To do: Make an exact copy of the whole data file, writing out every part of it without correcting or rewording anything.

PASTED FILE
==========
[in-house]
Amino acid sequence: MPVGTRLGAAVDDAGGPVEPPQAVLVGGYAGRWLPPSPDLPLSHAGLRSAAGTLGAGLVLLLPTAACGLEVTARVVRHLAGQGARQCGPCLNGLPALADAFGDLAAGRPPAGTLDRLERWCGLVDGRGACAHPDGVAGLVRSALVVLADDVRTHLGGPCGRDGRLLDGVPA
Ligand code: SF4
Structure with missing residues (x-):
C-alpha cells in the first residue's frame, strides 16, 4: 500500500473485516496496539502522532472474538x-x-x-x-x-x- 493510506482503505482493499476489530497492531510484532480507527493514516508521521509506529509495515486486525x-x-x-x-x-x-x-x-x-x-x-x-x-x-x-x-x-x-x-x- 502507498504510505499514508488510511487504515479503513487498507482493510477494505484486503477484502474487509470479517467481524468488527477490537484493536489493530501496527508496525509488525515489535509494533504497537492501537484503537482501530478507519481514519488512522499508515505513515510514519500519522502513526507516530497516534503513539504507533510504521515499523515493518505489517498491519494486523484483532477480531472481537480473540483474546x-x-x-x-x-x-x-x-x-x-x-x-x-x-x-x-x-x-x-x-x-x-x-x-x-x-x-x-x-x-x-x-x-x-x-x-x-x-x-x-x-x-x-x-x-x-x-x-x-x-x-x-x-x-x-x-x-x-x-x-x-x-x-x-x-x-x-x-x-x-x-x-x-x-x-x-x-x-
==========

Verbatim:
[in-house]
Amino acid sequence: MPVGTRLGAAVDDAGGPVEPPQAVLVGGYAGRWLPPSPDLPLSHAGLRSAAGTLGAGLVLLLPTAACGLEVTARVVRHLAGQGARQCGPCLNGLPALADAFGDLAAGRPPAGTLDRLERWCGLVDGRGACAHPDGVAGLVRSALVVLADDVRTHLGGPCGRDGRLLDGVPA
Ligand code: SF4
Structure with missing residues (x-):
C-alpha cells in the first residue's frame, strides 16, 4: 500500500473485516496496539502522532472474538x-x-x-x-x-x- 493510506482503505482493499476489530497492531510484532480507527493514516508521521509506529509495515486486525x-x-x-x-x-x-x-x-x-x-x-x-x-x-x-x-x-x-x-x- 502507498504510505499514508488510511487504515479503513487498507482493510477494505484486503477484502474487509470479517467481524468488527477490537484493536489493530501496527508496525509488525515489535509494533504497537492501537484503537482501530478507519481514519488512522499508515505513515510514519500519522502513526507516530497516534503513539504507533510504521515499523515493518505489517498491519494486523484483532477480531472481537480473540483474546x-x-x-x-x-x-x-x-x-x-x-x-x-x-x-x-x-x-x-x-x-x-x-x-x-x-x-x-x-x-x-x-x-x-x-x-x-x-x-x-x-x-x-x-x-x-x-x-x-x-x-x-x-x-x-x-x-x-x-x-x-x-x-x-x-x-x-x-x-x-x-x-x-x-x-x-x-x-